Lord Frost says he cannot support “coercive” policies on COVID after quitting as Brexit minister.
Speaking for the first time since his resignation, Lord Frost said he had “huge admiration” for Boris Johnson and insisted they never disagreed “in any way about Brexit policy right up to the last day”.
The former lead Brexit negotiator said: “I left the government, as I think is well known, because I couldn’t support certain policies, most recently on COVID restrictions and ‘plan B’.
“If you’re a minister, you have to support collective responsibility, you have to support decisions of the government, and I couldn’t so that’s why I had to leave.”
Lord Frost said he was “absolutely confident this country has a great future under Boris Johnson’s leadership if we can get the policies right”.
“I’m absolutely confident he’s the right man to take the country forward,” he added.
“I don’t support coercive policies on COVID. The prime minister’s got some very difficult decisions to take and I’m sure he’ll be thinking very hard on them.”
He added that his departure is “absolutely not about leadership, this is about policy differences”.
Lord Frost revealed he intended to leave his role in the New Year but it had been announced “earlier than we thought”.
Liz Truss will take on Lord Frost’s Brexit responsibilities following his resignation while keeping her roles as foreign secretary and minister for women and equalities.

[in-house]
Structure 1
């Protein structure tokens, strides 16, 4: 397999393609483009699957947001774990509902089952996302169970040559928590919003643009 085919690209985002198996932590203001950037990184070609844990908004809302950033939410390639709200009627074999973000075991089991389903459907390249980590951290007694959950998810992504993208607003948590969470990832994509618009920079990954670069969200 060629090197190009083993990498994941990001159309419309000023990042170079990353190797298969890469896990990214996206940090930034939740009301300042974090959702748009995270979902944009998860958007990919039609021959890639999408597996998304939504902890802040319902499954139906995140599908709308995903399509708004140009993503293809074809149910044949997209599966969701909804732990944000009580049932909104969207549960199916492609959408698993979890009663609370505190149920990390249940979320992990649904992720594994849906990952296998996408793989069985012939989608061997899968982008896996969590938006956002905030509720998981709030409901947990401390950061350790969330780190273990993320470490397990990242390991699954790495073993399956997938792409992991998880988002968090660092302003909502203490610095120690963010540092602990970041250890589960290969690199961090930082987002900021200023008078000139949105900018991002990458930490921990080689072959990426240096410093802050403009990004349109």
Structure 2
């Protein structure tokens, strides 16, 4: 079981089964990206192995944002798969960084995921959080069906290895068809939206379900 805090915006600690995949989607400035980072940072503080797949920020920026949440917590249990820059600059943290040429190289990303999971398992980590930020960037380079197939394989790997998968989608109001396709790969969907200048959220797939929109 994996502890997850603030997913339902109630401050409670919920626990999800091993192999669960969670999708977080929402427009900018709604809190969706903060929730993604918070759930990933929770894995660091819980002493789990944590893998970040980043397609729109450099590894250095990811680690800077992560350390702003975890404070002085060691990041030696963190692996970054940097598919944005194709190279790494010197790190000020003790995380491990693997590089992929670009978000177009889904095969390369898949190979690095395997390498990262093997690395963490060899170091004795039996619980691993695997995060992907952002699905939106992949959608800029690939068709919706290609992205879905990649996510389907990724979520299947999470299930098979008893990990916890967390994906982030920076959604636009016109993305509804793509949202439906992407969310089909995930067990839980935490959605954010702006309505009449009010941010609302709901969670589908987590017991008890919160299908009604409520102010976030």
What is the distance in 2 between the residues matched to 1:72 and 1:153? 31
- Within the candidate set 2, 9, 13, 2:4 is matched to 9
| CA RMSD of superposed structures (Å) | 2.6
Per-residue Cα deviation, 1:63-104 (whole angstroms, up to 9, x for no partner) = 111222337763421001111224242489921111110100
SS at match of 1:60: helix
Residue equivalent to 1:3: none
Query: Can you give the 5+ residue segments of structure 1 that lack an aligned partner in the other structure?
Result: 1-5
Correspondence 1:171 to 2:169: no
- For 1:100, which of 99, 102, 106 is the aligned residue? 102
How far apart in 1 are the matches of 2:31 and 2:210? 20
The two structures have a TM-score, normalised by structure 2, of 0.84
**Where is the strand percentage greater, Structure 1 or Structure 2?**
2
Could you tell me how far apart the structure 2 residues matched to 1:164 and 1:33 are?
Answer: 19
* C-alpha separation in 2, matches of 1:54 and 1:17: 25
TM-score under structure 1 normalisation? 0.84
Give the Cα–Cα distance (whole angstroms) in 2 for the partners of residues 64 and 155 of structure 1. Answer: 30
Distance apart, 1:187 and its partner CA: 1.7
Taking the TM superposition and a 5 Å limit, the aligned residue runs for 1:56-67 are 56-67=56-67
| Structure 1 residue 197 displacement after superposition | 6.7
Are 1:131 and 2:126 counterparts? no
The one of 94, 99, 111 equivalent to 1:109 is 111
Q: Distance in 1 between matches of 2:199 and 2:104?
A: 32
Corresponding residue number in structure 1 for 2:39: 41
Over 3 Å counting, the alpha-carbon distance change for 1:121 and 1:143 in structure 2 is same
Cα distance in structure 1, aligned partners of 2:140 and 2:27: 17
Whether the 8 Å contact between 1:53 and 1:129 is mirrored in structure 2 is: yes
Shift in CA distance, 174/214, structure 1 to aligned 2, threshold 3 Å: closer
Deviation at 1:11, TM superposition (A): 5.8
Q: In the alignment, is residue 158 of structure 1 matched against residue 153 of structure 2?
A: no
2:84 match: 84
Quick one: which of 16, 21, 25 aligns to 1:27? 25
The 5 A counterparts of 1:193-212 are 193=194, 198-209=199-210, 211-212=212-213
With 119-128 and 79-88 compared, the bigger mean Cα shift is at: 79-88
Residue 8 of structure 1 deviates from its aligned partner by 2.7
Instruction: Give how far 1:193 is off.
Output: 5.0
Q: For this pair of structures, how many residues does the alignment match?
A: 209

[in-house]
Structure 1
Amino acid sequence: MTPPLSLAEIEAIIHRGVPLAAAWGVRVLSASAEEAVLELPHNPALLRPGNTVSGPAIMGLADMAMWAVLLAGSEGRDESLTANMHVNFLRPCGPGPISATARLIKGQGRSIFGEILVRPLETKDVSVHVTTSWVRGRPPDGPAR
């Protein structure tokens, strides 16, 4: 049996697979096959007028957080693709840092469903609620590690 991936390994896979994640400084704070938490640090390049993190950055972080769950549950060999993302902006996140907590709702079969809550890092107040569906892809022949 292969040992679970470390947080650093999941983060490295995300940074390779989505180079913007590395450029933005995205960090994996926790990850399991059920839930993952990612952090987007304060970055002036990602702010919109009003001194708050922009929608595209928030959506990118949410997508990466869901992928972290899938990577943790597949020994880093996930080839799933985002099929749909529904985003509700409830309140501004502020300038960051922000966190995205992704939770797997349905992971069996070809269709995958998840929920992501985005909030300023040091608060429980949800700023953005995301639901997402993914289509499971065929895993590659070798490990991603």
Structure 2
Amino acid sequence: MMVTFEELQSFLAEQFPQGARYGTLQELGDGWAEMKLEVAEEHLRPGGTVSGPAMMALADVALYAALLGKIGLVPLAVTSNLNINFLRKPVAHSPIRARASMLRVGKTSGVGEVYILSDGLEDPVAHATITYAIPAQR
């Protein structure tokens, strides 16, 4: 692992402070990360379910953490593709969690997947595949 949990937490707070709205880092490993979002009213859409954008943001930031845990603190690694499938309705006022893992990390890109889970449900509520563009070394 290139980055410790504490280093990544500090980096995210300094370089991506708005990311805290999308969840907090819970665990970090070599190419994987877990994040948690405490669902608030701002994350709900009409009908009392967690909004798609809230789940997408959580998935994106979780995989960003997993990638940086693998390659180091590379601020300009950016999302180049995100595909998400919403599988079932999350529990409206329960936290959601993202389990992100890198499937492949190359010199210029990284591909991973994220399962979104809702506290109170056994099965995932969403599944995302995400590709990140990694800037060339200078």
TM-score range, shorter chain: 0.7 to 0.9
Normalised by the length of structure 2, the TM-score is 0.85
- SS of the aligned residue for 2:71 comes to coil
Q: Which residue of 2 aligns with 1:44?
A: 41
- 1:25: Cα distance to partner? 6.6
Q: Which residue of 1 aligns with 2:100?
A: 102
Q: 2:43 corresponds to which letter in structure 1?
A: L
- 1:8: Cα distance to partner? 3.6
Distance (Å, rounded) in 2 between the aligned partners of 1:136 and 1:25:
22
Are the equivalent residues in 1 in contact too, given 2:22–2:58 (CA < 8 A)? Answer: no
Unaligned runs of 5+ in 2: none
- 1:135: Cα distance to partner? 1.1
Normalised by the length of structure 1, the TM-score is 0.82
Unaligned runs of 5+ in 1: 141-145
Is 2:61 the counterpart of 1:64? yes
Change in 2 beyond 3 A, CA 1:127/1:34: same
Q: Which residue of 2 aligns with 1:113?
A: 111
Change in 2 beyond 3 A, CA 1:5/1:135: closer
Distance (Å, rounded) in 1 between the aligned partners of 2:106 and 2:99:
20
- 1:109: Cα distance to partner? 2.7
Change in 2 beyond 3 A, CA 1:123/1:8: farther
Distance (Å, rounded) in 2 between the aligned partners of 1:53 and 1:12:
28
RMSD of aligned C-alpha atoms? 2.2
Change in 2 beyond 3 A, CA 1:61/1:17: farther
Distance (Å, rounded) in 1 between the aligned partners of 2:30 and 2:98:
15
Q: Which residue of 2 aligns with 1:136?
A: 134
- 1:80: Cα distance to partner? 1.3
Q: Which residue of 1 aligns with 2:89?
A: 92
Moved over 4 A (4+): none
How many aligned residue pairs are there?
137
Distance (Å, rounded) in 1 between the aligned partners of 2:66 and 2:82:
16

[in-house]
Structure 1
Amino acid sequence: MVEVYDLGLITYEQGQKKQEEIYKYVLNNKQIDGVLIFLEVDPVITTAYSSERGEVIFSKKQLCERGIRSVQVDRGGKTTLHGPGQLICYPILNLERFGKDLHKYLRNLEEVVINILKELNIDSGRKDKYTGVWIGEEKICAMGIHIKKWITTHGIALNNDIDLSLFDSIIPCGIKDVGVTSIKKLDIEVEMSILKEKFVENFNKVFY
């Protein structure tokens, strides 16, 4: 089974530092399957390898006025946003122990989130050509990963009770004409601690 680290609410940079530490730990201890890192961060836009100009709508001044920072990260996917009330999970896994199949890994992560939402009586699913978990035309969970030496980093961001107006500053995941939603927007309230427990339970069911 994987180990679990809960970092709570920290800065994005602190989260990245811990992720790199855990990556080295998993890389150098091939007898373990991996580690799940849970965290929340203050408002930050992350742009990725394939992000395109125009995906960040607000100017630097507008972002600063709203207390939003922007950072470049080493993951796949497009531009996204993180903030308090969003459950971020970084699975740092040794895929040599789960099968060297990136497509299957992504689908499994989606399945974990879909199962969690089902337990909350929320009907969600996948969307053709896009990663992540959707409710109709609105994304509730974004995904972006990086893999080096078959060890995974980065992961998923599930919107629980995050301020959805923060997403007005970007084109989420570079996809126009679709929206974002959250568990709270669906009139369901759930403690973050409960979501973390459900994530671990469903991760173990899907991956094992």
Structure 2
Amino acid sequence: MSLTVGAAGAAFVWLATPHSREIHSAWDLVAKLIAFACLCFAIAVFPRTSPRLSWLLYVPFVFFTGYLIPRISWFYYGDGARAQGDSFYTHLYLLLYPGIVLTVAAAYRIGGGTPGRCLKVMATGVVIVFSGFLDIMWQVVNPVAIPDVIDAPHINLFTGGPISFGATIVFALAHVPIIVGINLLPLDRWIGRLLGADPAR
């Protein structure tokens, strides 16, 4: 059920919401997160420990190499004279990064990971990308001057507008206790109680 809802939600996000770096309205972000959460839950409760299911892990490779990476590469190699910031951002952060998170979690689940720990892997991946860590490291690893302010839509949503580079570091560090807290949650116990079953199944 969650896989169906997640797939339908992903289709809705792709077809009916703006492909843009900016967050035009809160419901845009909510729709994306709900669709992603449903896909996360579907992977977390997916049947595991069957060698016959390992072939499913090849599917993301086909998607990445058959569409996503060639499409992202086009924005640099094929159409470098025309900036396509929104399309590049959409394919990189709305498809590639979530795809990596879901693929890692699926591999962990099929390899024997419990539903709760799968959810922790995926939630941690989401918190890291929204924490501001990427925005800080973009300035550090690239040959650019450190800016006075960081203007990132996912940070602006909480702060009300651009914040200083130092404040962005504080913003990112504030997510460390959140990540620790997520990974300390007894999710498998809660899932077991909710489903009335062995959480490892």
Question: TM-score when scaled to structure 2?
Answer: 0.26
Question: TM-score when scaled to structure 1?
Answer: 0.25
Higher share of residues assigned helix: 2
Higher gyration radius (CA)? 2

Lord Frost added that he is sure Ms Truss and MP Chris Heaton-Harris, who has been made Europe minister, “are going to do a great job”.
Ms Truss tweeted that she was “pleased” to be taking over.
The protocol, which has caused considerable friction, is designed to avoid the introduction of a hard border between Ireland and Northern Ireland.
Responding to Ms Truss’ appointment, Maros Sefcovic, the European Commission’s vice president, said: “My team and I will continue to cooperate with the UK in the same constructive spirit on all important tasks ahead, including the Protocol on Ireland/Northern Ireland.”
Lord Frost’s resignation is seen as a severe blow for Boris Johnson, following a week in which almost 100 Conservative MPs voted against vaccine passports and the Tories lost the North Shropshire by-election.
Sky’s senior Ireland correspondent, David Blevins, said Lord Frost’s departure “couldn’t come at a more sensitive moment as negotiations on the Northern Ireland Protocol near their culmination”.
Northern Ireland’s former first minister, Arlene Foster, described Lord Frost’s resignation as “enormous”.